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Monday
Sep242012

Too big to know what's best for the nation, economy

Former Wall Street Executive: Complexity Of Today’s Banks ‘Makes You Weep Blood Out Of Your Eyes’ via Think Progress

Another former Wall Street executive has emerged to advocate reform of banks in the "too big to fail" category.

Sallie Krawcheck, once the head of Bank of America's wealth management division, was a guest panelist at the Bloomberg Markets 50 Summit on Thurs., Sept. 13 when she made the stunning observation about the complexity of big bank operations.

She joins Sandford Weill, former Citigroup head, who advocated the break up of big banks back in July.

The chorus opposing such measures has been adamant. Two voices in particular merit consideration--Jamie Dimon, CEO of JP Morgan and his predecessor, William B. Harrison Jr.

Touting the benefits of the too-big-to-fail scale, Jamie Dimon actually used the "port in the storm" metaphor to bolster his argument--this from the head of a bank that lost $5.8 billion in credit derivatives trades.

Writing in the New York Times, William B. Harrison Jr. wields a straw man, the first of several, to launch his defense of big banks. Serously, who is arguing that breaking up big banks will eliminate the risk of future crises? He'd have no trouble naming the source of the phony argument if someone were actually making it.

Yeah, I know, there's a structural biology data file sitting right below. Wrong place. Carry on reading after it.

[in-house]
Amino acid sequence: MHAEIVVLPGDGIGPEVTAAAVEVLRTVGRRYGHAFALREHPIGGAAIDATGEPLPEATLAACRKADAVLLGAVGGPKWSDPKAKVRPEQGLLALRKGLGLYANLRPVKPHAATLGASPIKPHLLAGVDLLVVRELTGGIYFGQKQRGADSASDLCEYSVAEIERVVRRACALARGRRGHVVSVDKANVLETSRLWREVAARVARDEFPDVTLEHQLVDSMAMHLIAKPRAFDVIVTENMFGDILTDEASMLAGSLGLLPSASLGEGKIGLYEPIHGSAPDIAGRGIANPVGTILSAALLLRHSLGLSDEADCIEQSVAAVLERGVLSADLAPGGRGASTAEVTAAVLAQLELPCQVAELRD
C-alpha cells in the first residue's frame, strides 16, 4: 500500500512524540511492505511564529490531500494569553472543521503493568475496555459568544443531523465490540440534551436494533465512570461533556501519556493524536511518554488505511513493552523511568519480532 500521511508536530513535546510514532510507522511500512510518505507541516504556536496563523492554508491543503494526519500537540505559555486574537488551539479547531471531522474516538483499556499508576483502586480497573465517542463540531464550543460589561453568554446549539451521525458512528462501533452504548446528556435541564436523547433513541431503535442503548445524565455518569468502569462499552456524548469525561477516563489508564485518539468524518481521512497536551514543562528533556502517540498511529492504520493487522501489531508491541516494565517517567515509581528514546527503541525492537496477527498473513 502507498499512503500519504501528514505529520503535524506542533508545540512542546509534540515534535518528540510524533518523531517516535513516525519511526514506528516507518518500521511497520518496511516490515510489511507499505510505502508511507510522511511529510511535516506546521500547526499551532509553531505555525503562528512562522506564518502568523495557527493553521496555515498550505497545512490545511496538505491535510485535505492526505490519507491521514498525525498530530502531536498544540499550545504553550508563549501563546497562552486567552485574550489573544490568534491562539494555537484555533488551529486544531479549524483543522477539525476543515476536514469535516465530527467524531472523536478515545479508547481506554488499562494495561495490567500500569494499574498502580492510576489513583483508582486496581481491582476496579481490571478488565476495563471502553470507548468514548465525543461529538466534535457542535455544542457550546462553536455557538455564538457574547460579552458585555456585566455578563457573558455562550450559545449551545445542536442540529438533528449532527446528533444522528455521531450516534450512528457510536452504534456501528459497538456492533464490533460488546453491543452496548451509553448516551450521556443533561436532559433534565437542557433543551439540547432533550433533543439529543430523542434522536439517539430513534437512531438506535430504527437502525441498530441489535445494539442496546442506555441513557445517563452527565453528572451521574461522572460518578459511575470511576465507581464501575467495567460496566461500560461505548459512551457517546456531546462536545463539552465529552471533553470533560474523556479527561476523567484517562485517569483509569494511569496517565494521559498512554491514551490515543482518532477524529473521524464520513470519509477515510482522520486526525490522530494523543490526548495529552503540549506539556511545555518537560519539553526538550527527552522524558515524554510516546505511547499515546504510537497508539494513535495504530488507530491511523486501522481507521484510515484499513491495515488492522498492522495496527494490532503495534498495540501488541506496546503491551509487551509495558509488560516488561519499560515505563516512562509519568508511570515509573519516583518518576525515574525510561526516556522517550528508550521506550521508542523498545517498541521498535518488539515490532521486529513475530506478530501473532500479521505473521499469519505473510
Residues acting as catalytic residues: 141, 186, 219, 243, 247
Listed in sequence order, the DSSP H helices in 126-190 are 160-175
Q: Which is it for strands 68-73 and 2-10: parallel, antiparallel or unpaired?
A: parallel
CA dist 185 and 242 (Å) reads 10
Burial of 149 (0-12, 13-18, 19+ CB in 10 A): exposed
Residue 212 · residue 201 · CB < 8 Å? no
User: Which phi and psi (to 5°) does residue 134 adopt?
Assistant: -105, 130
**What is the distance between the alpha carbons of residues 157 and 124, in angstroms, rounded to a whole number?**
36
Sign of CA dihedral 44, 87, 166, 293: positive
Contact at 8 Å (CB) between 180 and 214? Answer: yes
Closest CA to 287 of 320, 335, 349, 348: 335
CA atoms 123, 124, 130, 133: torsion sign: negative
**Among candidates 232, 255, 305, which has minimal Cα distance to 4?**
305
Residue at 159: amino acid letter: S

Wouldn't he also name the source of the fallacy that the emergence of the big bank was an artificial, unnatural market development? Worse is the bale of grass he stuffs into the notion that anyone with a shred of credibility blames big banks for the 2008 financial meltdown.

There is a very compelling reason why the likes of Messrs. Harrison and Dimon would defend the size and scope of big banks--a reason they'd probably never admit in polite company. What is at stake for them is the generous compensations earned by CEOs at said financial behemoths.

How is this so?

Harvard-trained economist Xavier Gabaix and his research partner, Augustin Landier, have taken a look at CEO compensation and its link to a company's market capitalization (the value of its share price multiplied by number of shares issued by the company).